Legislation to raise the standard for when police can use of deadly force cleared its first hurdle Tuesday, despite lobbying by unions representing law enforcement.

As it is, cops’ use of force is justified whenever a “reasonable officer” in the same circumstance would do the same. The bill by Assemblywoman Shirley Weber, a San Diego Democrat, and Sacramento Democratic Assemblyman Kevin McCarty would permit the use of lethal force only when it’s necessary to prevent injury or death.

CALmatters’ Byrhonda Lyons illustrated the issue in this video.

What next: Police unions generally get their way in the Legislature. Although the Senate Public Safety Committee approved it on a 5-1 vote, the bill faces many more hearings. It’s not clear that Gov. Jerry Brown would sign the measure into law.

A bipartisan fight against obesity

California legislators are intensifying their fight against childhood obesity with a bill that would require restaurants to offer milk or water with meals marketed to kids.

CALmatters’ Elizabeth Castillo reports that sugary drinks still would be available but only upon request. Sen. Bill Monning, a Carmel Democrat who has been fighting the soda industry for years, is carrying the bill.

In the past, Republicans opposed such measures, deriding them as “nanny” legislation, but several Republicans have voted for Monning’s measure, an indication of the seriousness of the obesity problem. The soda industry is neutral. California would be the first state in the nation with such a requirement.

Evan Low wasn’t being petty

Sutter Brown, in the Capitol Park, 2012.

As one of Gov. Jerry Brown’s top aides, Steve Glazer formed a special bond with Brown’s dearly departed Corgi, Sutter Brown. As a state senator, Glazer wanted to memorialize the pooch in law.

Glazer’s Sutter Brown Act seeks to authorize emergency medical technicians to resuscitate dogs and cats at accidents and fires without fear of facing liability suits.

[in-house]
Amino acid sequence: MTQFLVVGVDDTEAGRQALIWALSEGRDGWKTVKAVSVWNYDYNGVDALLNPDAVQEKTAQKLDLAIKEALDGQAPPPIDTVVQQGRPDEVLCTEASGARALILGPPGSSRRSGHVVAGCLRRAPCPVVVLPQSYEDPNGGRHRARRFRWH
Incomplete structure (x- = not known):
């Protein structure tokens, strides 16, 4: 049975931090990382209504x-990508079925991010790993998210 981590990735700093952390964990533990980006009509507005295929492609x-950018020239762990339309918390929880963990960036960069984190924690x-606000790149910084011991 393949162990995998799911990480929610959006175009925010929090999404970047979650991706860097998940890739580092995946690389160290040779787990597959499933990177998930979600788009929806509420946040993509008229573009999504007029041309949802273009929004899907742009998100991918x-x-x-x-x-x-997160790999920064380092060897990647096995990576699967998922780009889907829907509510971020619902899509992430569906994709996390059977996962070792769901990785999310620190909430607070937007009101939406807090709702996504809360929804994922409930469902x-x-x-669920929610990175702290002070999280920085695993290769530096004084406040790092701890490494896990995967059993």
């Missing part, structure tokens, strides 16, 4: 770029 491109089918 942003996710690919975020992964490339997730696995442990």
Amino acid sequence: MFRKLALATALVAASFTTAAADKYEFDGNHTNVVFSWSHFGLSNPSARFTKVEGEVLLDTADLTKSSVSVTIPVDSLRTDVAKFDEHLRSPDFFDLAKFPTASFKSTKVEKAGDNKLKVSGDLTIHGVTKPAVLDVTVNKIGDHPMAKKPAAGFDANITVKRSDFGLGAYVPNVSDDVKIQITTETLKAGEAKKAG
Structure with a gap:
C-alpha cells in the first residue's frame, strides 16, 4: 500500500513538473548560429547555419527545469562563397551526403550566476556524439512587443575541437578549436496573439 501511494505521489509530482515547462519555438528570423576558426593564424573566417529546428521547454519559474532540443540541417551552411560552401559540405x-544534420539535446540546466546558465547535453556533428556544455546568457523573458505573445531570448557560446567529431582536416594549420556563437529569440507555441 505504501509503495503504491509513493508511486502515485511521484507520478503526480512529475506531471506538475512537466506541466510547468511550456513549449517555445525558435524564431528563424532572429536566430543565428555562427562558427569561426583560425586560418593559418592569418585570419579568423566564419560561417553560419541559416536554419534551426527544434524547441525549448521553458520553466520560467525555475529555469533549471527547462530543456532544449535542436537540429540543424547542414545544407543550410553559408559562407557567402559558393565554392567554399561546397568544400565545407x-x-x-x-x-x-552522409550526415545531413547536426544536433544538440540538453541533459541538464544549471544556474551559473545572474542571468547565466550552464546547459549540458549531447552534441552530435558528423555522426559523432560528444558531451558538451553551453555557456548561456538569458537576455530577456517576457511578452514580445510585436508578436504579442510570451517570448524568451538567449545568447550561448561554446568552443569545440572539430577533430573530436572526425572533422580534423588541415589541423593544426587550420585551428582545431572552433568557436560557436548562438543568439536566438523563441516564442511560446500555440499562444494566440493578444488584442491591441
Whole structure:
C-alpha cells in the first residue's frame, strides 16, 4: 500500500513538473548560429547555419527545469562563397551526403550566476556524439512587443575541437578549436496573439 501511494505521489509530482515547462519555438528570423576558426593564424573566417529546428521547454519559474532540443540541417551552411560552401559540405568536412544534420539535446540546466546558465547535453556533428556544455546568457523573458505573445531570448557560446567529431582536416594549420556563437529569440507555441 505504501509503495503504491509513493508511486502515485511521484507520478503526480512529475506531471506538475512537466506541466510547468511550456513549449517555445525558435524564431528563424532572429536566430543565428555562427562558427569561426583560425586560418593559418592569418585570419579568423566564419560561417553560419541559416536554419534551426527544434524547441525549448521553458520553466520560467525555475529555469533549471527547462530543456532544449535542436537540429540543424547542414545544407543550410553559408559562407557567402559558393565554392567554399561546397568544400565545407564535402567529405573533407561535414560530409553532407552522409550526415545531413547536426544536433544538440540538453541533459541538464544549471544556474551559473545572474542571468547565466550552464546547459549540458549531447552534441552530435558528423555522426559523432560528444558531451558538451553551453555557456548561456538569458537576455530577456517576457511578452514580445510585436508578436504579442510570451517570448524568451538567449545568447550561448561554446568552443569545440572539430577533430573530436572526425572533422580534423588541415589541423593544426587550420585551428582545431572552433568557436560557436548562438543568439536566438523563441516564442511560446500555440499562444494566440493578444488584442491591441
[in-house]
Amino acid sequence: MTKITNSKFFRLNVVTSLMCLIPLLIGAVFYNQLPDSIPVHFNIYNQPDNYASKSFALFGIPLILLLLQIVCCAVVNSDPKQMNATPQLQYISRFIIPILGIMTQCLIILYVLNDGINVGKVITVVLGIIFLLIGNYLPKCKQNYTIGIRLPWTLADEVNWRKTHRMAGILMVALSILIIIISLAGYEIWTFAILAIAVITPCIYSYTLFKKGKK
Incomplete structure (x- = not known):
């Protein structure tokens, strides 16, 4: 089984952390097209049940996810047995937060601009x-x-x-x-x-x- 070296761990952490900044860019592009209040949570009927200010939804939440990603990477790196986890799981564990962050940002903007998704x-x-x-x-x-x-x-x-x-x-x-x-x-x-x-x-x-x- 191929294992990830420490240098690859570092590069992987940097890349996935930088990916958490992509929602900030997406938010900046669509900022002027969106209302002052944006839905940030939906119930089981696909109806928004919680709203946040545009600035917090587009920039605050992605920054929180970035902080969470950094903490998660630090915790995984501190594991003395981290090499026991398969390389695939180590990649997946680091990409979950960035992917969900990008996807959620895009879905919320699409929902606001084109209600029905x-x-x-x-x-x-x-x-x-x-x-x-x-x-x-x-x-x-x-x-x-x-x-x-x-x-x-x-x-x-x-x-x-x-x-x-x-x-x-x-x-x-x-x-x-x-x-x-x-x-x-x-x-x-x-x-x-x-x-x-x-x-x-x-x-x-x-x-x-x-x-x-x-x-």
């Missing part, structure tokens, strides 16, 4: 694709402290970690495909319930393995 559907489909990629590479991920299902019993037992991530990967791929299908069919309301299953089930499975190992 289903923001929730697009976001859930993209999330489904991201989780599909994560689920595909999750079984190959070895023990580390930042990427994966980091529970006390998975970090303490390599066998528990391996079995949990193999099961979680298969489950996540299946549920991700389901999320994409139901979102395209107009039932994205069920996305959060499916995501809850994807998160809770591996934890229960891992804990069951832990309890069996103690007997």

On Tuesday, the Assembly Business & Professions Committee, chaired by Evan Low, a Democrat from Campbell, approved the measure, but with an amendment that stripped Sutter’s name from the bill.

There was nothing, ah, petty about it. Glazer and Low get along fine. Rather, Sutter succumbed to cancer, not an accident. The Assembly committee analysis said the use of his name in the emergency medical bill was inappropriate.

No matter: Glazer, an Orinda Democrat, made clear he can call the bill what he wants, tweeting after its pared-down passage:

“I call it the @SutterBrown Act, after the late 1st dog, an active and steadfast supporter of pet health and safety. He is dearly missed & this bill honors him.”

Walters: What’s wrong with ‘trailer’ bills

CALmatters’ commentator Dan Walters digs into budget “trailer” bills, the measures that impose significant policy, often with little public hearing. One would make it easier to divert children into mental health treatment. Another would give public employee unions access to the private information of state workers.

Walters: Trailer bills “have become legislative Christmas trees, festooned with ornamental goodies for those with political pull.” Such measures “should be aired fully and publicly, not drafted in the dead of night and enacted with minimal notice.”


Please email or call me with tips, suggestions and insights, [email protected], 916.201.6281. Thanks for reading, please tell a friend and sign up here.

See you tomorrow.